Science Fiction Blog

Thoughts on the science-fiction and fantasy genres, which emphasis more on books than on films or TV.

Mainstream vs Popular?

Over on Twitter, Serdar Yegulalp made the observation that “Mainstream” and “Popular” art, while they often overlap, are not the same thing. The former is that which gets widespread attention in the media, while the latter is what actually sells. This is a split that’s been apparent in rock music for years to anyone’s who’s paying attention. “Mainstream” nowadays tends to equate to “Indie”, despite that being one aesthetic of many, largely because that’s what has the greatest appeal to those who write about music in the media. So a mid-level indie act who sell modest numbers of albums and concert tickets get to play on “Later with Jools Holland” and are considered mainstream in a way the far bigger-selling Iron Maiden are not. It’s something most rock and metal fans have learned to live with, though it’s still galling to see the media gatekeepers give so much space to things like Metallica’s appallingly dreadful collaboration with Lou Reed just because Reed is fashionable with the elite tastemakers in a way no metal band can ever be. Metallica themselves never got a look in when they were in their prime.

Even more true in the book publishing world, of course, where “Literary Fiction”, that etiolated genre that pretends it’s not a genre punches way above it’s weight when it comes to critical attention. It’s also why I suspect the fight over the Hugo Awards within science fiction isn’t just a turf war between political tribes. Is there something of a Mainstream/Popular split going on too, with a disconnect between the books and stories that get media attention (and win all the awards), and the books that sell in large numbers? Do the major SF awards disproportionately reward the literary equivalent of “indie music” at the expense of other aesthetics?

Posted in Music Opinion, Science Fiction | Tagged , , | Leave a comment

What has the Kepler Space Telescope found around the mysterious star between Cygnus and Lyra? Are the objects orbiting the star some previously unknown natural phenomenon, or are they really, as some have suggested, massive structures built by an alien civilisation?

Posted on by Tim Hall | Leave a comment


backpfeifengesichtI liked The Guardian far more before it started racing the Daily Mail to the bottom when it came to button-pushing clickbait trolling. Jonathan Jones’ appalling piece of the late Terry Pratchett (which I refuse to link to, Google for it if you must) writing him off as a mediocre writer of potboilers is probably the nastiest individual piece I’ve read online since Arthur Chu celebrated the Charlie Hebdo murders in The Daily Beast. It’s not often I read something that makes me want to take the German word “Backpfeifengesicht” literally, that that was one.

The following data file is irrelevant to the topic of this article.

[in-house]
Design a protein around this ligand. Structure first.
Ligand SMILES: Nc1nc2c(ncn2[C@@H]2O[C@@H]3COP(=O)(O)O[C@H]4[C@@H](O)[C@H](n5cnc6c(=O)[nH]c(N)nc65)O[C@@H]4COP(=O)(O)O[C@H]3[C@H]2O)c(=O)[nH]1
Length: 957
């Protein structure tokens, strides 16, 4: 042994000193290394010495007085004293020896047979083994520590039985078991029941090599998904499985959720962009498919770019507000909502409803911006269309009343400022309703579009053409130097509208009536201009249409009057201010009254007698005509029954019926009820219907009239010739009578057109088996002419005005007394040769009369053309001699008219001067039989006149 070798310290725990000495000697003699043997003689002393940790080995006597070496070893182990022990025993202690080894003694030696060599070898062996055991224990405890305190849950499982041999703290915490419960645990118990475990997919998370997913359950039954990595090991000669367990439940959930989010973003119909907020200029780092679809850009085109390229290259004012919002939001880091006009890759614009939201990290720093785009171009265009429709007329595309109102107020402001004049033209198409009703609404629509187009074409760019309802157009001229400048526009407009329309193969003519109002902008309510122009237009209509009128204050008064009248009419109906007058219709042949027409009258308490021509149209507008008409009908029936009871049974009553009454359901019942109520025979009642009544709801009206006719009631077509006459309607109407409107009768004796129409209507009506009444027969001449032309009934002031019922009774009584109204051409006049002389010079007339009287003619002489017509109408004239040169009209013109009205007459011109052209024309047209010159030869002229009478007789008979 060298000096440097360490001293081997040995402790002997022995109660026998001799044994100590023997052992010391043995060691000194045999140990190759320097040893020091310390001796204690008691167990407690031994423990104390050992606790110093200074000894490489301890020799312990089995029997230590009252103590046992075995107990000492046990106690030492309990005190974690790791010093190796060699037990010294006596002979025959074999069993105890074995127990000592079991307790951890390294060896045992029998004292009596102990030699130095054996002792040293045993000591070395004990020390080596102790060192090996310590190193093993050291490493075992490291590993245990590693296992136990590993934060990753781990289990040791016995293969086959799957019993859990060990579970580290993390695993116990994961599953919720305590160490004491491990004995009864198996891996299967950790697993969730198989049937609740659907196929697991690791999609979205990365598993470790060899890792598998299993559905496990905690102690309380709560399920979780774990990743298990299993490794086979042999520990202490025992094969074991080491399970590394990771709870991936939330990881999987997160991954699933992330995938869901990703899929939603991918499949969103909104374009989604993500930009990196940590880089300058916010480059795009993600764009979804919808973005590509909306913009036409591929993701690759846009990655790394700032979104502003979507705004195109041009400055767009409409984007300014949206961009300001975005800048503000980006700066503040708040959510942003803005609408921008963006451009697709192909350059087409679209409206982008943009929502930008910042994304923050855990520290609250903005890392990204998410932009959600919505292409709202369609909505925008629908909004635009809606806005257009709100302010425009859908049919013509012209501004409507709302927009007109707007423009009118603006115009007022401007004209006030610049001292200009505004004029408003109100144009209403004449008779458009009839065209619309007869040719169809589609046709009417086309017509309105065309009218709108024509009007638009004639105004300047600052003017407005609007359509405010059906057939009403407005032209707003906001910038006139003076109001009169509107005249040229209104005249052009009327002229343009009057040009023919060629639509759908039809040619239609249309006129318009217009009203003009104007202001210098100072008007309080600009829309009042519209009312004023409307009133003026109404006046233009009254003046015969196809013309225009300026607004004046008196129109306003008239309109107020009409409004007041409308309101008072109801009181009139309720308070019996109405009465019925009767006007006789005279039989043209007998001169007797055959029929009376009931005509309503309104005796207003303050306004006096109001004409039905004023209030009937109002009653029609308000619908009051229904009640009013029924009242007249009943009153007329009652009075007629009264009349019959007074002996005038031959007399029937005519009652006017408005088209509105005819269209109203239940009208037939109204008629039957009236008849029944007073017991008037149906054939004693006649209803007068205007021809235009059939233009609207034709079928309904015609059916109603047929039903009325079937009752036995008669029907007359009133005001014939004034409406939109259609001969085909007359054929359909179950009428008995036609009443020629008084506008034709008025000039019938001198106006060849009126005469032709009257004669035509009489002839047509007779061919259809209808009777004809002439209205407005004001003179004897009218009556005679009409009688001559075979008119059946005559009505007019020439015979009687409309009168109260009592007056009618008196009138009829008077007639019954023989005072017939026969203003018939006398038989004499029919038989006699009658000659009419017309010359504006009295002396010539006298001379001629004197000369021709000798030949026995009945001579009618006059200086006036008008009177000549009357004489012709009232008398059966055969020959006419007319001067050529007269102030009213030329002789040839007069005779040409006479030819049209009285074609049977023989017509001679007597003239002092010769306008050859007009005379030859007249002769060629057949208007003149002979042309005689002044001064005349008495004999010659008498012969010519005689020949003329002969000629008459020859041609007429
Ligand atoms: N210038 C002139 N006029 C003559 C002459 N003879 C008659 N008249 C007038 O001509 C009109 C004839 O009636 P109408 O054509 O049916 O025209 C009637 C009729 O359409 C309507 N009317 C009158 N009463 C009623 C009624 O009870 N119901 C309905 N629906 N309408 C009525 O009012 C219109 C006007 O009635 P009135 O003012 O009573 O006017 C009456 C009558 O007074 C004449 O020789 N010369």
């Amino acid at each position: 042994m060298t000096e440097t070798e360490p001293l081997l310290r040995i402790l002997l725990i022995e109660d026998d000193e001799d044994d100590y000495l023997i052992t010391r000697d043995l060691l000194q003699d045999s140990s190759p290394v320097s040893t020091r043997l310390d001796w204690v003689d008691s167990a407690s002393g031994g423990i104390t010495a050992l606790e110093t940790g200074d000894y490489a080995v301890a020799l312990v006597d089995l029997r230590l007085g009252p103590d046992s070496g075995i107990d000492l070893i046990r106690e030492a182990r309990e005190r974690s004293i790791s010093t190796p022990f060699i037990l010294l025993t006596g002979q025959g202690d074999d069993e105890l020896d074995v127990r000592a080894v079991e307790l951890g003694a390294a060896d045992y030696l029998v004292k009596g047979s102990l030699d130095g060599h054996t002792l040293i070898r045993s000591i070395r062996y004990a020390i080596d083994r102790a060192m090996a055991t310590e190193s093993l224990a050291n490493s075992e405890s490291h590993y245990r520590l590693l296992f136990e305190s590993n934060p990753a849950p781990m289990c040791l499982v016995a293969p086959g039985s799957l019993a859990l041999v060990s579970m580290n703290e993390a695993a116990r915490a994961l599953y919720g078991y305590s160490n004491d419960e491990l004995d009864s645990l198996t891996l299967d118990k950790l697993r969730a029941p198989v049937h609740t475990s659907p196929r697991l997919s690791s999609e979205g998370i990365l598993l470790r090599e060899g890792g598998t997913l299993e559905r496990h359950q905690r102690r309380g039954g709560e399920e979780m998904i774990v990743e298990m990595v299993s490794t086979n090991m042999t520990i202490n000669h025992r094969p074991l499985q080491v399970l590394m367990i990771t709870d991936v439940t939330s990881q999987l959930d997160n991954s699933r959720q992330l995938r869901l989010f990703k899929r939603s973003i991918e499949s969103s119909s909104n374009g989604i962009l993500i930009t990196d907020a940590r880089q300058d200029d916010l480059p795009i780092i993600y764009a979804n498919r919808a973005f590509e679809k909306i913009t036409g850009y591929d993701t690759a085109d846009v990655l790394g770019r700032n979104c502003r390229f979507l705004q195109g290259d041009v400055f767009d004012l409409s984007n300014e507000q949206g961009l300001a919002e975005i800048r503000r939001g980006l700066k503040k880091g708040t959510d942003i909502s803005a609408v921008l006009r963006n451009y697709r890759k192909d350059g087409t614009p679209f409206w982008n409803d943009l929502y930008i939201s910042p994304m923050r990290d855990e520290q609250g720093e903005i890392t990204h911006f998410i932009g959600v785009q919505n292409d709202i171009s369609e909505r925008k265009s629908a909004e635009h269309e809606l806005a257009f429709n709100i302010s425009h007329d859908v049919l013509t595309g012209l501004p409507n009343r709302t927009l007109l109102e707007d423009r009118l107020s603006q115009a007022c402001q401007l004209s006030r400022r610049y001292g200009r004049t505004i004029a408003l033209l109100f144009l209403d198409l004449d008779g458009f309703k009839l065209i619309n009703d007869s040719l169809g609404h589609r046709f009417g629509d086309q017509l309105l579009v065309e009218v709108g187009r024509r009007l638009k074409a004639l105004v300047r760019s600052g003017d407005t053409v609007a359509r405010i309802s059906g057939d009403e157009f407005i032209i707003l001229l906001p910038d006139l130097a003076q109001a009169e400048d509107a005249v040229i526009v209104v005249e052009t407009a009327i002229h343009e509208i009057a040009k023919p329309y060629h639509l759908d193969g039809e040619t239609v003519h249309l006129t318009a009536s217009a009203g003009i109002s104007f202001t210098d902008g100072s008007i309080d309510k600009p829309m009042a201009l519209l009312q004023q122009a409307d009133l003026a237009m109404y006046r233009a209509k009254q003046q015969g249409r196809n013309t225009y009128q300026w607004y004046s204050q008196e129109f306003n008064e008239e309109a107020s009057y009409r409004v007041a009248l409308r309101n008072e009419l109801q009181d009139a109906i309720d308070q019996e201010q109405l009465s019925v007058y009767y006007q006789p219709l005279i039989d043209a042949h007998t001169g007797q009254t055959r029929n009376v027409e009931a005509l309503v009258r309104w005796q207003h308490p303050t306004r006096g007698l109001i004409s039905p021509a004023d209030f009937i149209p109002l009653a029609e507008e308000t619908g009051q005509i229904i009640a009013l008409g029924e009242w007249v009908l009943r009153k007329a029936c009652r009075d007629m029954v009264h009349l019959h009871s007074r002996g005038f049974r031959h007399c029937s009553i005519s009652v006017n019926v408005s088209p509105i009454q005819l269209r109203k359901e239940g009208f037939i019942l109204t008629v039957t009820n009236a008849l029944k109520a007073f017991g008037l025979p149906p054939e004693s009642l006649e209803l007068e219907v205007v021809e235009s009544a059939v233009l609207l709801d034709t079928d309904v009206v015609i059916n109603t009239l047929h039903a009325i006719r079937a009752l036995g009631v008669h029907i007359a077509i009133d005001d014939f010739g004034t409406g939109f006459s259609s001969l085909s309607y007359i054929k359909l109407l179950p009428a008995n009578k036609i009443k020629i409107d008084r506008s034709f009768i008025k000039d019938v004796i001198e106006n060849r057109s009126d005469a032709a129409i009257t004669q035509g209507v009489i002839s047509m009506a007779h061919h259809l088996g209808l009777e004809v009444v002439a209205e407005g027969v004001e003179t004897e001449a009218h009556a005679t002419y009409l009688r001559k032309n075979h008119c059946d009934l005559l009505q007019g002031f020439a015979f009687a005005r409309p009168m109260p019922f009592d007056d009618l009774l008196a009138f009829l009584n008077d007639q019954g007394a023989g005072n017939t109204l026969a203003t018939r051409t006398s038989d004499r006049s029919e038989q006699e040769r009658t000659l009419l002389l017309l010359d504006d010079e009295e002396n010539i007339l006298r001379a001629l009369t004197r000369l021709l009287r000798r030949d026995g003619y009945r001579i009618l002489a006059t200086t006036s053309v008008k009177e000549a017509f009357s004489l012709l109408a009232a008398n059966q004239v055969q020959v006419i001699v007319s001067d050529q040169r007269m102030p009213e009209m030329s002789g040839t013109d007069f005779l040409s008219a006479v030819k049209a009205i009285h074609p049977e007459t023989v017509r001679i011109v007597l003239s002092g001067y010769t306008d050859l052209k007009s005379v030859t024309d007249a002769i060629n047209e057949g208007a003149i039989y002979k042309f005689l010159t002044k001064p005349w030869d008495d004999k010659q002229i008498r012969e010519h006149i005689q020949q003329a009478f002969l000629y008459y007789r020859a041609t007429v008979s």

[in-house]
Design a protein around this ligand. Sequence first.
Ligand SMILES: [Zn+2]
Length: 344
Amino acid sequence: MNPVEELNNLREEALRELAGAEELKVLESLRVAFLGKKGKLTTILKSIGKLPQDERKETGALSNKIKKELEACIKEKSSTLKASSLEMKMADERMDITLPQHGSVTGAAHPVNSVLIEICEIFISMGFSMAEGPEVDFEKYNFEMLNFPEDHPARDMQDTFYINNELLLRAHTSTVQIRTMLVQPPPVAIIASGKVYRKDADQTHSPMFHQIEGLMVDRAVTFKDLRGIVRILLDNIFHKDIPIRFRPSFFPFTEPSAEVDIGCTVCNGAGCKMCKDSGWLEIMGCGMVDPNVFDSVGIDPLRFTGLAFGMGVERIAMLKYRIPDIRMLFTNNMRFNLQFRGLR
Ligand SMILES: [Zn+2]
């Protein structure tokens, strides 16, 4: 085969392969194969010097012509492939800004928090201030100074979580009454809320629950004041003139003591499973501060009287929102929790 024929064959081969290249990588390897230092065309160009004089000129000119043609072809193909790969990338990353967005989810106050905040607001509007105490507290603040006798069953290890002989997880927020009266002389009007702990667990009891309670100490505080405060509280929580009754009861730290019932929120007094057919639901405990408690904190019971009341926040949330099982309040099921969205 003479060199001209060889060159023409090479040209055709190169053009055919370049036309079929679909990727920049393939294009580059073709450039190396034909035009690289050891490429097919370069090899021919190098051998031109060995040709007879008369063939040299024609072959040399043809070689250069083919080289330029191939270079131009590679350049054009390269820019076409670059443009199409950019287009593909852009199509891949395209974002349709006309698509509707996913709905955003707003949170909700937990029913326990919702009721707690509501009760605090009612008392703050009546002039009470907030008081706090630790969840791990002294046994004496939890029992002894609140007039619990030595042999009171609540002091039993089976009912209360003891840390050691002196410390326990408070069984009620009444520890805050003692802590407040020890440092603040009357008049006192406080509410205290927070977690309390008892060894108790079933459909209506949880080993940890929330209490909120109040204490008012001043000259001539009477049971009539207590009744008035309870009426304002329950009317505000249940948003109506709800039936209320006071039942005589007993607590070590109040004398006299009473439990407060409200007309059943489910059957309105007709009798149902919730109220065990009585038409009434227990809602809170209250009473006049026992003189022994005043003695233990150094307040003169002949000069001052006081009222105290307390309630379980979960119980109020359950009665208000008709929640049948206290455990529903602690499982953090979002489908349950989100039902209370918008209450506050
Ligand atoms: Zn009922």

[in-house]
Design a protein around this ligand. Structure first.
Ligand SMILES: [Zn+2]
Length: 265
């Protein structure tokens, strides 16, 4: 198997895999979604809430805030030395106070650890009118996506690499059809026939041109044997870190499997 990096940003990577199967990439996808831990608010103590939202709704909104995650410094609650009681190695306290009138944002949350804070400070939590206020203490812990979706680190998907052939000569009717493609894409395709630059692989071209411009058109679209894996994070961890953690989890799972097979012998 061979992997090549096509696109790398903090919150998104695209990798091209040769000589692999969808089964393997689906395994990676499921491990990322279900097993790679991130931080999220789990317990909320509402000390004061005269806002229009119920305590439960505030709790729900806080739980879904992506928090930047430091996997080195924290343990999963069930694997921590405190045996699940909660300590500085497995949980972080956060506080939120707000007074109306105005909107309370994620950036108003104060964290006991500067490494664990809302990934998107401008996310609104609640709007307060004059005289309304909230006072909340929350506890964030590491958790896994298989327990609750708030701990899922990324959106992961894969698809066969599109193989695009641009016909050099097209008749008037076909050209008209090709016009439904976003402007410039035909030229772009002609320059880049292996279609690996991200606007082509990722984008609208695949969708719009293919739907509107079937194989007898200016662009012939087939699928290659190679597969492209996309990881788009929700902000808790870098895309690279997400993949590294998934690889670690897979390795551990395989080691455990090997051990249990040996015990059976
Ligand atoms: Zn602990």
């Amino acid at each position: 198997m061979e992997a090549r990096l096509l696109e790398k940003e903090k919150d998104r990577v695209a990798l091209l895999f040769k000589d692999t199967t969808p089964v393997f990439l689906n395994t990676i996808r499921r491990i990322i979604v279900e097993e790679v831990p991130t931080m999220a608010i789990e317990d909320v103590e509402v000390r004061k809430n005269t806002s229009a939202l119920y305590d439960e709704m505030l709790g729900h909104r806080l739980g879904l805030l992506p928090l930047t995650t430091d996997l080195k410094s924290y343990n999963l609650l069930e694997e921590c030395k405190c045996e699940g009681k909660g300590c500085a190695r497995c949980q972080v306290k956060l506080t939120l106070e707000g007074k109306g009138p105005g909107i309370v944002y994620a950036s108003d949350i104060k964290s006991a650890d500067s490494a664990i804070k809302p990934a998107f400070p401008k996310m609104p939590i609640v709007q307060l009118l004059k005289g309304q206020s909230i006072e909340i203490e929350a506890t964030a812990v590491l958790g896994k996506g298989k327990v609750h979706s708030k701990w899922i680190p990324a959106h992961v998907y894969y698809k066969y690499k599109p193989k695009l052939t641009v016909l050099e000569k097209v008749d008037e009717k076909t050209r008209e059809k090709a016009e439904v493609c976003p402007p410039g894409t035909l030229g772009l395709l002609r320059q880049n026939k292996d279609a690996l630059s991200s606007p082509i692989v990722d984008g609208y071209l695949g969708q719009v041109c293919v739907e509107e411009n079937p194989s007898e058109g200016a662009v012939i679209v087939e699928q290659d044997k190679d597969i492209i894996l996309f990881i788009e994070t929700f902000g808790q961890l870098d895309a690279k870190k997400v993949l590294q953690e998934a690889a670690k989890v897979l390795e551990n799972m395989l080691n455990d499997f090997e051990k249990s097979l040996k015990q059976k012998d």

I guess in the wider scheme of things it’s not as serious as their misreporting of the Tim Hnnt affair, where the paper became part of a co-ordinated campaign to smear an innocent man. But still, you have to wonder quite what the editor of that section was thinking on deciding to publish that piece.

But look on the bright side. Perhaps it’s one thing that might unite the fractured tribes of SFF fandom, seeing the Rabid Puppies join forces with the acolytes of Requires Hate to rip Jonathan Jones a well-deserved new asshole?

Posted in Science Fiction | Tagged , , | 4 Comments

Hugo Aftermath

Wth a bit of luck this should be my last blog post on this subject.

We’ll start with this extract from a post by George R. R. Martin

I had picked Mike Resnick in Short Form and Toni Weisskopf in Long Form, and indeed, each of them finished above all the other nominees in the first round of voting… but well behind No Award. This was a crushing defeat for the slates, and a big victory for the Puppy-Free ballot of Deirdre Moen. Honestly? I hated this. In my judgment the voters threw the babies out with bathwater in these two categories. Long Form had three nominees who are more than worthy of a Hugo (and one, Jim Minz, who will be in a few more years), and Short Form had some good candidates too. They were on the slates, yes, but some of them were put on there without their knowledge and consent. A victory by Resnick, Sowards, Gilbert, or Weisskopf would have done credit to the rocket, regardless of how they got on the ballot. (All four of these editors would almost certainly have been nominated anyway, even if there had been no slates).

((Some are saying that voting No Award over these editors was an insult to them. Maybe so, I can’t argue with that. But it should be added that there was a far far worse insult in putting them on the ballot with Vox Day, who was the fifth nominee in both categories. Even putting aside his bigotry and racism, Beale’s credential as an editor are laughable. Yet hundreds of Puppies chose to nominate him rather than, oh, Liz Gorinsky or Anne Lesley Groell or Beth Meacham (in Long Form) or Gardner Dozois or Ellen Datlow or John Joseph Adams (in Short Form). To pass over actual working editors of considerable accomplishment in order to nominate someone purely to ‘stick it to the SJWs’ strikes me as proof positive that the Rabid Puppies at least were more interested in saying ‘fuck you’ to fandom than in rewarding good work)).

I also misliked the roar of approval that went up at the announcement of the first No Award. I understand it, yes… fandom as a whole is heartily sick of the Puppies and delighted to see them brought low… but No Award is an occasion for sadness, not celebration, especially in THESE two categories.